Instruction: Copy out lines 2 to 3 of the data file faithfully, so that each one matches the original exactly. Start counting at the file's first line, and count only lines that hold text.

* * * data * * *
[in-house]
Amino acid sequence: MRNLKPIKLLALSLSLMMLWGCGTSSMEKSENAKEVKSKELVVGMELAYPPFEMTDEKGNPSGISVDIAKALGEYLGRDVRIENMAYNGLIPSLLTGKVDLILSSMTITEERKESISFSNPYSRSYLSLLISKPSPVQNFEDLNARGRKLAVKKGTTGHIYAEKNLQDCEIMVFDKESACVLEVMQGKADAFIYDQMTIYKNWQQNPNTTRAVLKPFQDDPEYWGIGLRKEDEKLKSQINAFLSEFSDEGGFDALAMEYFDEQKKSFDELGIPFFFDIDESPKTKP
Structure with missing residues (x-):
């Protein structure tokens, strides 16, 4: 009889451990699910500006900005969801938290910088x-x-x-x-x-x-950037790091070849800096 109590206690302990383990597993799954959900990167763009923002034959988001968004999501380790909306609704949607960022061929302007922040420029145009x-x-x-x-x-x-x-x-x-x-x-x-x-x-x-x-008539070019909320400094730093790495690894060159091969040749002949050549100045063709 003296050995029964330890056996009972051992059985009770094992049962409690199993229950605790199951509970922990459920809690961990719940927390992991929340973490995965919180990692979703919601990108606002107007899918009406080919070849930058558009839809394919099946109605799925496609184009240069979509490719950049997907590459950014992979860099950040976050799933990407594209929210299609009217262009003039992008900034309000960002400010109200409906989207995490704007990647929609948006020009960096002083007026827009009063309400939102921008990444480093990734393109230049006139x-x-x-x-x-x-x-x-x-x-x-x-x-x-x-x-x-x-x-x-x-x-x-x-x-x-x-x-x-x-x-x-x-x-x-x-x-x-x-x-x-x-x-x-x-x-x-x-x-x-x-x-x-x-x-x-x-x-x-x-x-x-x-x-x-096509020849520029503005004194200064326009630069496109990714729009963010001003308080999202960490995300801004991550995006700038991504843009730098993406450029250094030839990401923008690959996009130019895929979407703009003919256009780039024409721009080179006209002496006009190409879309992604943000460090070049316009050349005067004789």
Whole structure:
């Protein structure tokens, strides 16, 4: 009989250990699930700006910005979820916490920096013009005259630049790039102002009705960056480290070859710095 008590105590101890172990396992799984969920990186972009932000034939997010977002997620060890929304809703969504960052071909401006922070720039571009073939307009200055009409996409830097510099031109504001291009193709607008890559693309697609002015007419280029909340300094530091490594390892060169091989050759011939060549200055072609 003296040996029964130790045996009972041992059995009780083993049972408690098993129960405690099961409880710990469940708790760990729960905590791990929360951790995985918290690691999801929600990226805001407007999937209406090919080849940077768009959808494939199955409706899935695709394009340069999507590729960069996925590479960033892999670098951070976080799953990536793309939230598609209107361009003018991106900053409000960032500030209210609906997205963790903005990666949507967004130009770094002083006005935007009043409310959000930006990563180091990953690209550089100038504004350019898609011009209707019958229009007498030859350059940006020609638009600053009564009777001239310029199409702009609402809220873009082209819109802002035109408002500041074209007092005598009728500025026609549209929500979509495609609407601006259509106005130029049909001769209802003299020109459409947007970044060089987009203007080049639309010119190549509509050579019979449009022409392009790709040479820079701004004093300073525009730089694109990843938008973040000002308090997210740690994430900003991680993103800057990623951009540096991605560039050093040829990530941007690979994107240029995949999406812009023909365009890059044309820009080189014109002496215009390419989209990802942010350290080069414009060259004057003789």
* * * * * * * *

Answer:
Amino acid sequence: MRNLKPIKLLALSLSLMMLWGCGTSSMEKSENAKEVKSKELVVGMELAYPPFEMTDEKGNPSGISVDIAKALGEYLGRDVRIENMAYNGLIPSLLTGKVDLILSSMTITEERKESISFSNPYSRSYLSLLISKPSPVQNFEDLNARGRKLAVKKGTTGHIYAEKNLQDCEIMVFDKESACVLEVMQGKADAFIYDQMTIYKNWQQNPNTTRAVLKPFQDDPEYWGIGLRKEDEKLKSQINAFLSEFSDEGGFDALAMEYFDEQKKSFDELGIPFFFDIDESPKTKP
Structure with missing residues (x-):